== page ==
In 2015, Hon. Irwin Cotler (centre) was honoured in Israel by the World Jewish Congress for his human rights work around the Globe. Cotler is also admired by many Canadian politicians for his human rights work in South Africa, Russia, and Myanmar, among other places. He has recently added the plight of the Uyghurs in China to his list. But there is one area of the globe where he seems much less interested in supporting human rights – ISRAEL. Is this just an oversight, or is his impressive work in other areas really a cover for his main interest? Read more…
Irwin Cotler, a former Liberal justice minister, is urging Canada’s Parliament to become the first to define China’s “mass atrocities” against the country’s Uyghur minority as genocide.
“Indifference to such mass atrocities, let alone genocide, always means coming down on the side of the victimizer and not on the side of the victims,” he said to parliamentarians during testimony before a House of Commons subcommittee studying the reports of abuses, including mass incarceration and forced sterilization, targeting Uighur Muslims and ethnic Kazakhs in northwestern China.
By coincidence, Cotler’s testimony before Parliament came on the heels of another report about human rights abuses and allegations of warcrimes in another country – Israel. On February 5th, the International Criminal Court, of which Canada is one of the founding members, released a judicial decision in which it announced it would investigate potential warcrimes committed by Israel and Hamas in the Occupied Palestinian Territories.
One might have reasonably expected a committed human rights lawyer and advocate, as Irwin Cotler, to enthusiastically embrace the work of the International Criminal Court.
But alas, no. A google search for statements by Mr. Cotler on the ICC decision yields nothing, either from him or from the Raoul Wallenberg Centre for Human Rights which he heads.
But doesn’t appear to be just an oversight on his part. In fact, a year ago Mr. Cotler made a submission to the ICC claiming that it did not have the right to examine human rights in the Occupied Territories. In what is legally called an “amicus curiae” submssion Cotler argued that “The ICC does not have jurisdiction in relation to crimes allegedly committed in the West Bank, including East Jerusalem and the Gaza Strip “. He argued that Israel is off the hook because Palestine is not really a “state”, and therefore the ICC has no jurisdiction. (The Court subsequently rejected his argument, finding that it does indeed have jurisdiction noting that Palestine is recognized by 138 countries and is an observer state member of the UN.)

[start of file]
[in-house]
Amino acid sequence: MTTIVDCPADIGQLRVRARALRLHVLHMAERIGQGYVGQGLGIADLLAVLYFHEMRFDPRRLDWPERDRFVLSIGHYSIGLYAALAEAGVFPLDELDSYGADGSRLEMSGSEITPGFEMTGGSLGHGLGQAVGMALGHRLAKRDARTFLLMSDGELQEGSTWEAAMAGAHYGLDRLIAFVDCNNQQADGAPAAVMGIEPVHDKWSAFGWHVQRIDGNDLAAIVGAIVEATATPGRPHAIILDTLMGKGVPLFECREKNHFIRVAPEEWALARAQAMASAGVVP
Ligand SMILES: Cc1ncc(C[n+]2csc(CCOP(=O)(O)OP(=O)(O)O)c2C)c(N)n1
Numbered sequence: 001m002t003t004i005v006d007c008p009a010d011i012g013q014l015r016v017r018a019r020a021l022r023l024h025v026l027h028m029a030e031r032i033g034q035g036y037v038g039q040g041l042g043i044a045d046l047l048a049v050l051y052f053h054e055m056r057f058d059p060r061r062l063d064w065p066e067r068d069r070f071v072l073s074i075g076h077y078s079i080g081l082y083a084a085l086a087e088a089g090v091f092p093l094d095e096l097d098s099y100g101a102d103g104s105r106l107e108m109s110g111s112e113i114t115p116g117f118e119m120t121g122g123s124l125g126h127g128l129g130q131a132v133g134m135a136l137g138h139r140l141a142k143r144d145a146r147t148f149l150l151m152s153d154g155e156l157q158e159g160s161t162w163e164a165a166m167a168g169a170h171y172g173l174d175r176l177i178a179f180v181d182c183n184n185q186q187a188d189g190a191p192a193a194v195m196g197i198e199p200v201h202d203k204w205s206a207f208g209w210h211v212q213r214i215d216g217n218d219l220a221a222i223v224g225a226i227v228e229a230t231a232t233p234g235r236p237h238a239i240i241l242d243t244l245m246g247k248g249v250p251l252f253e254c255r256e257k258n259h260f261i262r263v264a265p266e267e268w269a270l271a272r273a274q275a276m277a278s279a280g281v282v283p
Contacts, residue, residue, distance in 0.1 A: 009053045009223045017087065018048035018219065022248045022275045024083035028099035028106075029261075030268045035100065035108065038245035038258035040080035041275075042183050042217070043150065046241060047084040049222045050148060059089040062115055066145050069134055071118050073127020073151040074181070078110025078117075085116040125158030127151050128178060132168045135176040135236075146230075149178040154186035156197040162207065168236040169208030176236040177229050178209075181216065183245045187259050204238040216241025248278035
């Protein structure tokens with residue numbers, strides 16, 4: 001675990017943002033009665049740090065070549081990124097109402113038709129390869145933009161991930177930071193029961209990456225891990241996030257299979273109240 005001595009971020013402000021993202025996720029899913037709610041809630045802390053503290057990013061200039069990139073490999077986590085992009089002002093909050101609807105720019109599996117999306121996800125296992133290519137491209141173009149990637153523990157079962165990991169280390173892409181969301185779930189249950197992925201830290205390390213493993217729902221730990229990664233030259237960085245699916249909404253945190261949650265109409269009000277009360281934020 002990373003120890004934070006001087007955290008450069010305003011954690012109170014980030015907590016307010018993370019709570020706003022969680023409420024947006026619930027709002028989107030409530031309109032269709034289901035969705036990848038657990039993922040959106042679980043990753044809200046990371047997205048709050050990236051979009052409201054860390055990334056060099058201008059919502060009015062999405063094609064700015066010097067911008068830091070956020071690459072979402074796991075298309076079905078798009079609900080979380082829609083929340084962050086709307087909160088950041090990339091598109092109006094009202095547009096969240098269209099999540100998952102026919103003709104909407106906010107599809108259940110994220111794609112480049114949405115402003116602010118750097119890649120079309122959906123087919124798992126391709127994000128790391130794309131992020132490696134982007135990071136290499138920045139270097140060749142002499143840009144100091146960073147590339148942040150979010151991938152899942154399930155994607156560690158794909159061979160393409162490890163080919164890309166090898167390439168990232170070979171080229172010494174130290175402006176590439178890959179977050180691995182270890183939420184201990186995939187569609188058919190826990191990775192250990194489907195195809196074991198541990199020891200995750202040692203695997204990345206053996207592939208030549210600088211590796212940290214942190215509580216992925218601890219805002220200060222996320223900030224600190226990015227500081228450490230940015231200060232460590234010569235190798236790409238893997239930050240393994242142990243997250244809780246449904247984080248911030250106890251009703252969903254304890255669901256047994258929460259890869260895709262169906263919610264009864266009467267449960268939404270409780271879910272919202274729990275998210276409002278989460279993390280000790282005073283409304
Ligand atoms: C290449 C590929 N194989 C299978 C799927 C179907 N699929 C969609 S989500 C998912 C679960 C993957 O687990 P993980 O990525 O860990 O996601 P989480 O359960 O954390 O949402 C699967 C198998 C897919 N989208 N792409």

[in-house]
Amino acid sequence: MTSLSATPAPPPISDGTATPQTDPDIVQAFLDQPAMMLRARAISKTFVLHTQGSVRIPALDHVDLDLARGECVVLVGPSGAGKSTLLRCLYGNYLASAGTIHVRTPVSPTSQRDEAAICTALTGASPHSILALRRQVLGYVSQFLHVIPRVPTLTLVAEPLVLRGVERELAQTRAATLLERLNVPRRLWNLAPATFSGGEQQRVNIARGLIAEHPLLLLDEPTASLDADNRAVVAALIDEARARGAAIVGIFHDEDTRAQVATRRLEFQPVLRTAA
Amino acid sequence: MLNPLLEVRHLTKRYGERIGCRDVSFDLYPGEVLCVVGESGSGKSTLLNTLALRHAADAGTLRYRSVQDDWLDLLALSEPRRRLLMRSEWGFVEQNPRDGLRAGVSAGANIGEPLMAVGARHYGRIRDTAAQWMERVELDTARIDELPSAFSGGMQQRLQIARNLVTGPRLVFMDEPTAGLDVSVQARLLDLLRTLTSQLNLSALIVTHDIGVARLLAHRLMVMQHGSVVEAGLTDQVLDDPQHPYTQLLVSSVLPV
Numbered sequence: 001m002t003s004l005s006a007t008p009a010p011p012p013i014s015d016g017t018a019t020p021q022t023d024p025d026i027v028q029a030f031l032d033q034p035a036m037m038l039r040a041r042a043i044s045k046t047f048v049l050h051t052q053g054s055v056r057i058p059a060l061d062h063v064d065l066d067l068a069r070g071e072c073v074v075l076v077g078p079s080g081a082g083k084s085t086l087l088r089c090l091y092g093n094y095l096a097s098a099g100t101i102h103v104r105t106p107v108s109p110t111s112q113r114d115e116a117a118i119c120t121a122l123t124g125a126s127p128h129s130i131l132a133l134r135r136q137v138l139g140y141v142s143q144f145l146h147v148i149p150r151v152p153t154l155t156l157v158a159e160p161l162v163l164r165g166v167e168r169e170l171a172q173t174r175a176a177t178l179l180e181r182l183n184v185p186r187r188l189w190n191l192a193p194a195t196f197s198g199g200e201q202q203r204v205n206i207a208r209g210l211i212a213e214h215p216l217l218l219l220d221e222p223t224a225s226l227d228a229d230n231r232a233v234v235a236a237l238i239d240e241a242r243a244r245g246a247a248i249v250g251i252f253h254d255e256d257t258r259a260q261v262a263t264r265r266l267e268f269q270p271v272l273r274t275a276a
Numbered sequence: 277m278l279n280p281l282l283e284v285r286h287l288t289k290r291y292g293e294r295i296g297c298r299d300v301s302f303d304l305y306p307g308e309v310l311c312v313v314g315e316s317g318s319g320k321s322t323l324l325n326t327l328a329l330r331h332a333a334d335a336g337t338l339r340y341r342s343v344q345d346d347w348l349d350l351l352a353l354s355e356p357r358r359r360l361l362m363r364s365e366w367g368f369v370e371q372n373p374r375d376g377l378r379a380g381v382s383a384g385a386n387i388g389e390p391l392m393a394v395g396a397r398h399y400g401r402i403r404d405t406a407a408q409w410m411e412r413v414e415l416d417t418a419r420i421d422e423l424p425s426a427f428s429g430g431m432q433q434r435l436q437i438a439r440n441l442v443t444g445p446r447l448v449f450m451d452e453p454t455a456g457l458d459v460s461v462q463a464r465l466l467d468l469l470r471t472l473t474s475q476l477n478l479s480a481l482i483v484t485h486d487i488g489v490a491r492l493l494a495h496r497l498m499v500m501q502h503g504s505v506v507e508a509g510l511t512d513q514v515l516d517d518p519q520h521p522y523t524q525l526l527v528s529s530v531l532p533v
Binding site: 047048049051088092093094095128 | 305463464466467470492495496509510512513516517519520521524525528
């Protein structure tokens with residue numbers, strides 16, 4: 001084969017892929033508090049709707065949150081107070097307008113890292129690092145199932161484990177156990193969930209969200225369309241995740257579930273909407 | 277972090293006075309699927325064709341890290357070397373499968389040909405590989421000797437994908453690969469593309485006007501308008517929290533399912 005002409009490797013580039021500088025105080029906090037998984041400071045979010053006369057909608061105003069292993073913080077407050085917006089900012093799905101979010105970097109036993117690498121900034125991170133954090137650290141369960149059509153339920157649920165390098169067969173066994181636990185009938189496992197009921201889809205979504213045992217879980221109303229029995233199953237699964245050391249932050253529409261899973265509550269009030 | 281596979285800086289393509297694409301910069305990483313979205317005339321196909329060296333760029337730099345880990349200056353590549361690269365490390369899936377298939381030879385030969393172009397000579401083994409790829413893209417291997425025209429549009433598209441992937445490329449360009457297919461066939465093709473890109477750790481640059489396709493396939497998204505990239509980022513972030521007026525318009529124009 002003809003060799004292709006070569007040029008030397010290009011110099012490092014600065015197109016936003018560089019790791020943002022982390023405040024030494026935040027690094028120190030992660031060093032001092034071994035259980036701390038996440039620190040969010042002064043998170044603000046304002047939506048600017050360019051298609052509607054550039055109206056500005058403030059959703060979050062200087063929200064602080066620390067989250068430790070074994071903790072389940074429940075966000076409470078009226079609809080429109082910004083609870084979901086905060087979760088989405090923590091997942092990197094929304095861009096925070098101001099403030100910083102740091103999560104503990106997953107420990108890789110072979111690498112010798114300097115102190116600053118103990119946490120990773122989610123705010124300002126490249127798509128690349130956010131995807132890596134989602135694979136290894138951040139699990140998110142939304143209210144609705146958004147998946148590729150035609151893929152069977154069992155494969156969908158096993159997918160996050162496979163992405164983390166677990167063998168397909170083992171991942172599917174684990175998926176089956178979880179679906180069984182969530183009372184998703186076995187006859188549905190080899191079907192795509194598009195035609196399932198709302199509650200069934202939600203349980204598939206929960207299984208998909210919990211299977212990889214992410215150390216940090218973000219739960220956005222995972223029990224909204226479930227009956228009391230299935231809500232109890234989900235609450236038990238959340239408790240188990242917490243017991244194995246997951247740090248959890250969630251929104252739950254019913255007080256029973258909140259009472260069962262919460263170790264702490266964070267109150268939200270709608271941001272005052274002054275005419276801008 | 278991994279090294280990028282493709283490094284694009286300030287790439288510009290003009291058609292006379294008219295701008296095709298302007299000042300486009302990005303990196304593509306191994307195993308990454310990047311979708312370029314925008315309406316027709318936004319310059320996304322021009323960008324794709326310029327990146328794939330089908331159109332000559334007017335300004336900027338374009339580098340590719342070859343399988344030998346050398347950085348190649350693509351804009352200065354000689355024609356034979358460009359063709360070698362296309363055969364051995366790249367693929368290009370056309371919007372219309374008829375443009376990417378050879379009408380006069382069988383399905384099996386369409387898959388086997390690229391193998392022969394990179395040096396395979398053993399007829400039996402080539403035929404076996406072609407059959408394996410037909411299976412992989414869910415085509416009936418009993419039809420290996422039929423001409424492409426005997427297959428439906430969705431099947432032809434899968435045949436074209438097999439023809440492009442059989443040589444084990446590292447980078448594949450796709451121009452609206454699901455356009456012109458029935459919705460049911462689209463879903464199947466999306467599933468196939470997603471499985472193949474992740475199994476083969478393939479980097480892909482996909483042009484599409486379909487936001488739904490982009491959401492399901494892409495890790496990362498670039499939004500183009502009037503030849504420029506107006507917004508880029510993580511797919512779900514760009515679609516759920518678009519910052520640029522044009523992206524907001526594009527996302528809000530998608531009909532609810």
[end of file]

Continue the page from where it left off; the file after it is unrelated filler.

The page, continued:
Cotler has significant influence in Canada
Cotler has done an excellent job of crafting a “human rights defender” persona for himself in Canada. The list of human rights causes he has taken up is long and extensive ranging from soviet dissident Nathan Sharfansky to imprisoned Saudi blogger Raif Badawi. (He even claims to have been a member of Nelson Mandela’s legal team, but this is disputed by South African lawyers.) For his work he has received 14 honorary degrees. I even heard former Green Party Leader Elizabeth May describe Cotler as a “mentor”.
As a result, Cotler continues to have significant influence at the political level in Canada. A year ago, the Canadian government mirrored Cotler’s arguments in its own submission to the ICC claiming the court did not have the right to investigate Israeli actions in the occupied Palestinian Territories. And they were used yet again by Canada’s foreign affairs minister Marc Garneau to justify Canada’s opposition to the ICC investigation into allegations of Israeli war crimes after the decision of the ICC to go ahead was made public.
“Nothing to see here folks, look over there”
What explains Cotler’s enthusiasm for focussing the attention of Canadian Parliamentaians on the Uyghur issue?
Part of it may well be concern for the Uyghurs themselves. But one cannot escape the conclusion that Cotler may have an overriding (and barely hidden) agenda – to protect Israel by diverting attention of Canadians away from allegations of human rights abuses by Israeli forces toward the situation in western China.
In fact, the attempt to focus international attention on China appears to be part of a coordinated Israeli defensive campaign. The argument was picked up by Bnai Brith Canada. At almost the same time, Cotler’s daughter, Michal Cotler-Wunch, a right wing member of the Israeli Knesset launched a similar attack on the ICC itself in Newsweek Magazine claiming the court is unfairly focussed on Israel and should instead be looking other issues like Chinese atrocities in Xinjiang.
Canadians who are genuinely interested in human rights have good reason to recognize and appreciate Cotler’s work in many areas. But they would be justified in demanding of Cotler that his interest in human rights be universal and not selective. He should not be allowed to cynically raise up the cause of one group in order to obscure the cause of any other.
Canada Talks Israel Palestine (CTIP) is the weekly newsletter of Peter Larson, Chair of the Ottawa Forum on Israel/Palestine (OFIP). It aims to promote a serious discussion in Canada about Canada’s response to the complicated and emotional Israel/Palestine issue with a focus on the truth, clear analysis and human rights for all. Readers with different points of view are invited to make comment.
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